The sharp contradiction between the elation of the workers, peasants and soldiers who made the Russian Revolution, and the vicious hatred of the Soviet regime from the middle and upper classes, was a precursor to outright civil war. It wasn’t just the reactionaries in Russia who set themselves the task of overthrowing the Soviets “by any means necessary”. They were joined in their efforts by the entire capitalist world.
It was a bitter struggle. It appeared at various points that the Soviets must succumb. The most conscious, militant workers were the first to be drawn into the Red Army. Many died at the front. This left a massive gap in the organising capacities of the regime. The economy collapsed. The cities were devastated by unemployment, starvation and disease. The population of Petrograd went from 2.3 million in 1917, to just 722,000 by the end of the civil war.
The poetry and literature of this period couldn’t ignore the immense hardships suffered by the Russian people. All this, of course, provided ample material for its opponents. In right-wing literature, the Bolsheviks were universally portrayed as bloodthirsty monsters intent only on murder and destruction.
Yet other once hostile poets and writers began, over time, to soften their stance. Such was the case, for example, with Alexander Blok, who was perhaps the most prominent of Russian poets of the prewar period. In an article from January 1918 on the “Intelligentsia and the Revolution”, he urged his fellow poets, writers and thinkers to listen to the “music” of the revolution with “every cell of your body, with every beat of your heart, with every stirring of your conscience”.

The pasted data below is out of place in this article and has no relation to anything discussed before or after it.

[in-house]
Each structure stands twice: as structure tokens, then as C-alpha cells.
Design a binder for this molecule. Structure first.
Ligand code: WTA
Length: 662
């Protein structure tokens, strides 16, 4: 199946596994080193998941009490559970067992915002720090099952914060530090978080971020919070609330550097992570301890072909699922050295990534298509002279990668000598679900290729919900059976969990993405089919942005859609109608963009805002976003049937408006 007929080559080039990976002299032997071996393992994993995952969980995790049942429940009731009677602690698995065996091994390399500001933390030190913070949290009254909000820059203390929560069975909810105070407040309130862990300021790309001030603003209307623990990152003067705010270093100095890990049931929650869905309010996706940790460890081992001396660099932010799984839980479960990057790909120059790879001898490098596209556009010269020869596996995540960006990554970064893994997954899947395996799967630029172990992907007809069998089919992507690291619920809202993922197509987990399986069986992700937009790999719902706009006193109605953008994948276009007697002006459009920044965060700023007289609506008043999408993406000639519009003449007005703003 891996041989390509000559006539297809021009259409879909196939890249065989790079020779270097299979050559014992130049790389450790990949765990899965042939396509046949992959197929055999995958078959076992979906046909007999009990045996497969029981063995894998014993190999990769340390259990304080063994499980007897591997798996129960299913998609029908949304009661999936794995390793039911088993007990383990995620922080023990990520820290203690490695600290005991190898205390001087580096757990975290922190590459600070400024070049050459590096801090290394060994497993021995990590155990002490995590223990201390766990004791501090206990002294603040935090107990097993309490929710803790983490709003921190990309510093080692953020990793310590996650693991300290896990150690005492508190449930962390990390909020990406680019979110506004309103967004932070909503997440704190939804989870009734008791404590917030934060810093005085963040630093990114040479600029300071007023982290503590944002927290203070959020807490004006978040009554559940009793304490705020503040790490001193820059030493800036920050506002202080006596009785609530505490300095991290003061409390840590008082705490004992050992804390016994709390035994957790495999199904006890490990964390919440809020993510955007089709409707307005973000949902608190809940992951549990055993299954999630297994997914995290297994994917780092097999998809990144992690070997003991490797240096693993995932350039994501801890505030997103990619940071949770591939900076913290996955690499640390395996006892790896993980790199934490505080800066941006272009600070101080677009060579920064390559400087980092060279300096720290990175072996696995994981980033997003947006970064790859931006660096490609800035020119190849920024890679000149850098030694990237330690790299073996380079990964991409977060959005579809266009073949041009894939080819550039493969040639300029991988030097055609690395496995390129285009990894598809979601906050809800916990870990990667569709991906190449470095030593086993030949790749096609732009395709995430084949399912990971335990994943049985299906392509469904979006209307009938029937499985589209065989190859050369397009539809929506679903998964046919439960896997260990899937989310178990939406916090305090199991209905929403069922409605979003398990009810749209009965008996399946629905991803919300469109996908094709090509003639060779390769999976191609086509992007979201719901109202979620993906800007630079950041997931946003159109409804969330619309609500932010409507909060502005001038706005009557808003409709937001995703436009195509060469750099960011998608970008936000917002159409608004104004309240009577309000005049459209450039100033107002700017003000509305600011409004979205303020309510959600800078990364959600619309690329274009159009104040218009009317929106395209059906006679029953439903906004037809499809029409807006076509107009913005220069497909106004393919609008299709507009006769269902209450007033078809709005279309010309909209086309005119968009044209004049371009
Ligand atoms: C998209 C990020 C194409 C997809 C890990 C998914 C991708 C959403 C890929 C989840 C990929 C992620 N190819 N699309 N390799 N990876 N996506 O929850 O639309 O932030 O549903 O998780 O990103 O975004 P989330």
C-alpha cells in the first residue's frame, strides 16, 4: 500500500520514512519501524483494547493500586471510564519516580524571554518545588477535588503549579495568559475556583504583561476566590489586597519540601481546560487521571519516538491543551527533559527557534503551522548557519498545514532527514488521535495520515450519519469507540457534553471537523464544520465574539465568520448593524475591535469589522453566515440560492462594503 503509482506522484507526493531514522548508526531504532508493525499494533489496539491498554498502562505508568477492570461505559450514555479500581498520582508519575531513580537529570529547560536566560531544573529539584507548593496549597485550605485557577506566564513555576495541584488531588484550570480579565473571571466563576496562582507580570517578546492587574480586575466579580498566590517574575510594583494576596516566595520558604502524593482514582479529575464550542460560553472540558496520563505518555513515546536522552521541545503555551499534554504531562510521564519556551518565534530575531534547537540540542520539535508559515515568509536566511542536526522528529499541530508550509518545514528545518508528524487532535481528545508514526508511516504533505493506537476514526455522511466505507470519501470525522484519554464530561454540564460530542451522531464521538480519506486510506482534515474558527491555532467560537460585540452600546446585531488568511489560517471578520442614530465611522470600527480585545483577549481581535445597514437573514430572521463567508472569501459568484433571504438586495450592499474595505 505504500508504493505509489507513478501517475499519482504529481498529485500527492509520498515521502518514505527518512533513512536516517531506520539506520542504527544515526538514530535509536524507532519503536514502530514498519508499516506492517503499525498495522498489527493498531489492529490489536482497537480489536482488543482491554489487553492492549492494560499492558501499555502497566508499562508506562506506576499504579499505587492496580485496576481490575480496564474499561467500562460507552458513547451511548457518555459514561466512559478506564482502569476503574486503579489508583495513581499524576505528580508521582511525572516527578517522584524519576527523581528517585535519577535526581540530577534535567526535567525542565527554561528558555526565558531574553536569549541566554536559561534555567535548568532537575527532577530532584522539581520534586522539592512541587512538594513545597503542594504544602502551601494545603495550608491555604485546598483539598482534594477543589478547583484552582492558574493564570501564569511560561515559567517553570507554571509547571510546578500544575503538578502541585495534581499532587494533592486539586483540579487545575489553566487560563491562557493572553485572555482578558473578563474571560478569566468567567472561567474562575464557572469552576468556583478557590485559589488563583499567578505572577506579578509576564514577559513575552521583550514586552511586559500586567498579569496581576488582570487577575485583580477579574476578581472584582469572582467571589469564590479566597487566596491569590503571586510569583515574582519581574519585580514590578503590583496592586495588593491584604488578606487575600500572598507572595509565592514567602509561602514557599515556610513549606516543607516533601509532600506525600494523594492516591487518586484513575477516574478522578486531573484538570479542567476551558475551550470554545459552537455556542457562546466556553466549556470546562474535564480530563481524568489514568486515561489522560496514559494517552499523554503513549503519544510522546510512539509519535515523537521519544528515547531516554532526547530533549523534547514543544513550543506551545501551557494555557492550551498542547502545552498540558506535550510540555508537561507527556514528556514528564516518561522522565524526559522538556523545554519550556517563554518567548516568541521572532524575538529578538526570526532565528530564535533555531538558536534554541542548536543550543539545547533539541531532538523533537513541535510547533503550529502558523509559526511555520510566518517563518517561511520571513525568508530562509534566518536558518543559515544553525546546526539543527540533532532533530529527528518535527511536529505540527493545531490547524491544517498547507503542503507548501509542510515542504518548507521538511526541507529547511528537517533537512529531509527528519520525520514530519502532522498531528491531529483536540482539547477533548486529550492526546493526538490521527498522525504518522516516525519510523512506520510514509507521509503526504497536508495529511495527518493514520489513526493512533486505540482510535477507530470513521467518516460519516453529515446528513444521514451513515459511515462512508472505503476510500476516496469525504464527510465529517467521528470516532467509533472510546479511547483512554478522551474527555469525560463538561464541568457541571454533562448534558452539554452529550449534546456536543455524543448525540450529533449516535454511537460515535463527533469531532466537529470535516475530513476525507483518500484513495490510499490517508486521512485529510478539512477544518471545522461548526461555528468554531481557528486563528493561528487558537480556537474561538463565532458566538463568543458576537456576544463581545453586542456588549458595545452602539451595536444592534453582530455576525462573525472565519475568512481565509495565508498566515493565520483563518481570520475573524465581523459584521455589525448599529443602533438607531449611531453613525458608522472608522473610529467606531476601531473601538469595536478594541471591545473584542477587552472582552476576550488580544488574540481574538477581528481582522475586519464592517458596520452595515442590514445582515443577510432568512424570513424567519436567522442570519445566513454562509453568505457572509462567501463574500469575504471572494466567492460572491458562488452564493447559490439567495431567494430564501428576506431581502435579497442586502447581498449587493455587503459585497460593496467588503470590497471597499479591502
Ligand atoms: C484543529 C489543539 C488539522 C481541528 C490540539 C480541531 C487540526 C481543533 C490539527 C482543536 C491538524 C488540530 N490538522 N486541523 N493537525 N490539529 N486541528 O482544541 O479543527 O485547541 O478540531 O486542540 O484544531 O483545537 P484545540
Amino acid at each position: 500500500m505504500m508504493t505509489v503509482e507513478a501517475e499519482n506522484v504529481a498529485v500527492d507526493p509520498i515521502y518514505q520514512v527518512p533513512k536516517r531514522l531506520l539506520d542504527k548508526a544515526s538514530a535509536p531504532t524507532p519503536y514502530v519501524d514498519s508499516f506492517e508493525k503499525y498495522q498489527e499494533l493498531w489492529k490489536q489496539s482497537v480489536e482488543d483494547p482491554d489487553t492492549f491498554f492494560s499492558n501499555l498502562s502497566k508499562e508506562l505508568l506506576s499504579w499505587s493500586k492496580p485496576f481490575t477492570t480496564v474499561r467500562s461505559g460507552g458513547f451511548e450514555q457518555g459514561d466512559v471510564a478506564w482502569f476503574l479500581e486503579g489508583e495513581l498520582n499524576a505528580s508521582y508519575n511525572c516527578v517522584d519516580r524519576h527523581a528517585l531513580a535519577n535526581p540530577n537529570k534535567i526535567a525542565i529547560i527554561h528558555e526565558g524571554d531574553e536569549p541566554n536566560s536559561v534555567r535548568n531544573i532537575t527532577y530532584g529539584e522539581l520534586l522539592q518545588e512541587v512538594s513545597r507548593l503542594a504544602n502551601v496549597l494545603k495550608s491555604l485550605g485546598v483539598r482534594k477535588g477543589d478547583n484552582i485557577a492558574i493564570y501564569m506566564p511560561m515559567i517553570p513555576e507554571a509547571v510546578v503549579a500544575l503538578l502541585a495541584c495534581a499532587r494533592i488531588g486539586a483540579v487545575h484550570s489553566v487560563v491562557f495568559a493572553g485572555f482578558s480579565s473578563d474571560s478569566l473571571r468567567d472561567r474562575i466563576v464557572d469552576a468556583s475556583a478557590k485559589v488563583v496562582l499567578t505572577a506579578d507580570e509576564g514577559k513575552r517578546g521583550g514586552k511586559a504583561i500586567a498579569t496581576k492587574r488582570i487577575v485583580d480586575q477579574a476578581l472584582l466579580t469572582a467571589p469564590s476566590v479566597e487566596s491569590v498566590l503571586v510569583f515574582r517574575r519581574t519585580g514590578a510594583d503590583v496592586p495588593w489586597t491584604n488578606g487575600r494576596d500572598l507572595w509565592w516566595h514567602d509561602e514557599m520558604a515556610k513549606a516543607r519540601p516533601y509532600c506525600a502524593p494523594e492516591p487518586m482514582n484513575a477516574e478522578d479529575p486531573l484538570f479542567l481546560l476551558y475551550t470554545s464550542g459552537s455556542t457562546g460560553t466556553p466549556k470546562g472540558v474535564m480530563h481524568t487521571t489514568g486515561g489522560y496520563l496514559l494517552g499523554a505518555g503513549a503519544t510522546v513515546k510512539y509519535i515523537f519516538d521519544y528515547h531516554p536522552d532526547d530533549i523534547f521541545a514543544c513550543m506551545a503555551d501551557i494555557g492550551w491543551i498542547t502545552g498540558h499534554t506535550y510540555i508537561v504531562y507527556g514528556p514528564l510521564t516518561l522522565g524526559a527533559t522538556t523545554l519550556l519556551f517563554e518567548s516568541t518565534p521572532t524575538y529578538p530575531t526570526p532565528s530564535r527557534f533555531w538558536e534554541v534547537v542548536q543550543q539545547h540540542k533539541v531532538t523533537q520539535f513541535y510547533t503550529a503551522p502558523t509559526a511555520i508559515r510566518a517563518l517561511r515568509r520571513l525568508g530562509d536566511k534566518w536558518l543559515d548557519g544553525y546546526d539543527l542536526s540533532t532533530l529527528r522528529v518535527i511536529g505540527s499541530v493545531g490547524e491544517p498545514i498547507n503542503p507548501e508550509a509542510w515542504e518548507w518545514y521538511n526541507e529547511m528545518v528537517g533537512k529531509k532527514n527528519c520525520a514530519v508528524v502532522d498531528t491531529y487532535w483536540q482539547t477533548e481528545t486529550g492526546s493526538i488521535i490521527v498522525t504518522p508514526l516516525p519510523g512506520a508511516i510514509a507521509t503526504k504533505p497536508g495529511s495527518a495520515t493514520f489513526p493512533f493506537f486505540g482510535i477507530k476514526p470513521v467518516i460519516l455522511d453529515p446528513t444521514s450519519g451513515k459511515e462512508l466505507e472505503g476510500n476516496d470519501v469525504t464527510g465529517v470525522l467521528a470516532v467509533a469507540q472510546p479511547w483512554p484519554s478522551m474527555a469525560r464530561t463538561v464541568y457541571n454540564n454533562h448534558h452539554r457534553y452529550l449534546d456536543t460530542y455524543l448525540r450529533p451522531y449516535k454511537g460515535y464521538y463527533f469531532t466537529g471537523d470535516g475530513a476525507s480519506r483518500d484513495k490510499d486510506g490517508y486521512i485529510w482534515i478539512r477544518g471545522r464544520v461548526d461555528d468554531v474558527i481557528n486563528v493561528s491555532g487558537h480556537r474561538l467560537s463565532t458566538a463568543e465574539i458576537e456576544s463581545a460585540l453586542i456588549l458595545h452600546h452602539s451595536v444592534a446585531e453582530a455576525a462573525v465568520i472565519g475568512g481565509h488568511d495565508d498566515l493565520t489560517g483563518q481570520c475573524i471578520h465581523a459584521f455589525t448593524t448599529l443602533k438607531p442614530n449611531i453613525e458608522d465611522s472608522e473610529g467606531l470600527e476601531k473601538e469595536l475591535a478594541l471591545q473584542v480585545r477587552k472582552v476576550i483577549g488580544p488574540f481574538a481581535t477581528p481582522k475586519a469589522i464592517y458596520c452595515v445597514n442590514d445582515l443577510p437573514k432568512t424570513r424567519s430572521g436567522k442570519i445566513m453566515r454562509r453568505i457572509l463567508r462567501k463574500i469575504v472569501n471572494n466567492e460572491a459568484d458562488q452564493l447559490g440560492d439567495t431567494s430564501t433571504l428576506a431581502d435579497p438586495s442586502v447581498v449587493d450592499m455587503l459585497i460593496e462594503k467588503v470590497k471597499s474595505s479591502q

Blok’s poem “The Twelve”, written in January 1918, was praised by Leon Trotsky as “the most significant work of our epoch” which would, in his words, “remain forever”.
The poem follows a patrol of 12 members of the Red Guard, marching at night through the empty, snow-swept streets of Petrograd. The guardsmen are portrayed as violent and crude. At the centre of the poem is an incident in which they shoot at a carriage on the street in which a prostitute who one of them is in love with is sitting with another man. The man escapes, while the prostitute, Katya, is shot dead. Later, the guards renew their spirits by breaking into a wine cellar.
Despite all this, it’s clear Blok’s sympathies lie with the guards, rather than the various symbols of the old order that are scattered through the poem. They may be violent and crude, but they are the bearers of something hopeful and new. The bourgeoisie appears, in contrast, as a “mangy mongrel” cowering in the blizzard:
A bourgeois’s standing at the crossroads,
nose buried in his collar.
And near him, tail between its legs,
a mangy mongrel cowers.
The bourgeois stands, a hungry cur,
a question mark, a question begged,
behind him crouches the old world—
a mongrel, tail between its legs.
But it’s at the end of the poem that Blok really doubles down on the symbolism. The bleakness and violence of everything preceding it adds maximum force to the moment of “reveal”:
... From street to street with sovereign stride ...
“Who’s there? Don’t try to hide!”
But it’s only the wind playing
with the red banner ahead.
Cold, cold, cold drifts of snow.
“Who’s there? No hiding now!”
But it’s only a starving hound
limping along behind.
“Who’s that waving our red banner?”
“Wherever I look—it’s dark as pitch!”
“Who’s that flitting from corner to corner